Independent truckers have called for roadblocks across Brazil starting Monday in a repeat of the two-week strike that delayed grain and meat transport in late February and early March. However it remains unclear how much support the strike movement has.
The National Transport Command is working independently of truckers’ unions but has 27,500 likes on its Facebook page. That doesn’t seem like much but, of course, it doesn’t take that many truckers to block a highway.
The freight industry has taken a big hit with the dramatic slowdown in the Brazilian economy — it’s pegged to contract 3% in 2015 — and surging inflation, currently running just under 10%. The National Transport Command has a bucket list of demands to help ease the impact on truckers, including lower diesel prices, minimum freight rates, fixed salary scales and subsidized credit.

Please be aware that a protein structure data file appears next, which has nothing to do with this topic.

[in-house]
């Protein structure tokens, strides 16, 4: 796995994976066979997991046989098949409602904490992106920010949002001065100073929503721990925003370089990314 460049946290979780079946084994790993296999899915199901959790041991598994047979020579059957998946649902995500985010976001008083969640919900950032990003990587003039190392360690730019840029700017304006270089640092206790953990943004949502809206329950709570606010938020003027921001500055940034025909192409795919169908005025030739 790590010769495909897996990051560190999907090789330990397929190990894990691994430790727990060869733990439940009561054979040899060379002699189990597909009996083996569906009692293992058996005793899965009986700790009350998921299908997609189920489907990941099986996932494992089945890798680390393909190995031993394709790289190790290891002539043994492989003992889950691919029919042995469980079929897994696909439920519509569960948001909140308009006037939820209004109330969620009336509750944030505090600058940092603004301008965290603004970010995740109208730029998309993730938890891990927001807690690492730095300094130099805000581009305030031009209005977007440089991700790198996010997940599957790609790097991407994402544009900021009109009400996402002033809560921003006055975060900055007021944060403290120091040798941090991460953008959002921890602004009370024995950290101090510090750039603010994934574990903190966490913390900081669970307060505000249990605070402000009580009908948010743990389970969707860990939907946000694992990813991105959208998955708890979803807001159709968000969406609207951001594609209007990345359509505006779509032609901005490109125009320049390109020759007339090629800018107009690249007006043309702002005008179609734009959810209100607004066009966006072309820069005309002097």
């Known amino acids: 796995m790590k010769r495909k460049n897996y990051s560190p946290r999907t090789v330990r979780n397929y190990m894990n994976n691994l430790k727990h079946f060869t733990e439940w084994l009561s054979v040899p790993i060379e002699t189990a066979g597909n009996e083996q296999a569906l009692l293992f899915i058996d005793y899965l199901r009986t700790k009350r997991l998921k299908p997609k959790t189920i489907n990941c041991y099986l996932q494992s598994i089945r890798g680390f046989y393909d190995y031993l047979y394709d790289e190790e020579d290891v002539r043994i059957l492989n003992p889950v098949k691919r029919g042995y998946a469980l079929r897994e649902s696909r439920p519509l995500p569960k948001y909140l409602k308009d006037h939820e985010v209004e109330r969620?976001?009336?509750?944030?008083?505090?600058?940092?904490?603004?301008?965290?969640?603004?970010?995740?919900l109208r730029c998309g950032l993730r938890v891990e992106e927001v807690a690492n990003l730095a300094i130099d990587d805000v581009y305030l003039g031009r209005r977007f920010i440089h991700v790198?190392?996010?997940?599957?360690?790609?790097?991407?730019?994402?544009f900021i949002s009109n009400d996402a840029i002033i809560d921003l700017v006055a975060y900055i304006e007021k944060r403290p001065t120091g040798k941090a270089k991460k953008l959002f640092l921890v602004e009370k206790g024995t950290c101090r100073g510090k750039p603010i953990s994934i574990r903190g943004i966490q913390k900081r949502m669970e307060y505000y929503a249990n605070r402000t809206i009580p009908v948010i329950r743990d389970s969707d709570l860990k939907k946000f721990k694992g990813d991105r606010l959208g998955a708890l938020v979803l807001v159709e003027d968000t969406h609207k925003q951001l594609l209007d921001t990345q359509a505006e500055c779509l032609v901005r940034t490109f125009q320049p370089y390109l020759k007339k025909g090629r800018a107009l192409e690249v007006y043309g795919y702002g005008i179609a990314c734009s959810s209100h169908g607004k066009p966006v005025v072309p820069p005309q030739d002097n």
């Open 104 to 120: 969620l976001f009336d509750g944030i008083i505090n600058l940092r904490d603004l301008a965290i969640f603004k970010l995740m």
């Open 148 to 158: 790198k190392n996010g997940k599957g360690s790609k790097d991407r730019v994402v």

However, there appears also to be a political element to the movement. In its communiqué issued last week, the group said it counts on the support of the principal popular movements seeking the impeachment of embattled Brazilian president, Dilma Rousseff.
According to local press reports, the government has talked to the main truckers unions and is hopeful that the stoppage won’t be as effective as the one in late February and early March, which slowed the delivery of soybeans at port to a trickle for around a week.
It is now low season for soybean exports, but Brazil is in the middle of exporting record volumes of corn. Ship lineups indicate over 5 million metric tons of corn are due to be shipped this month.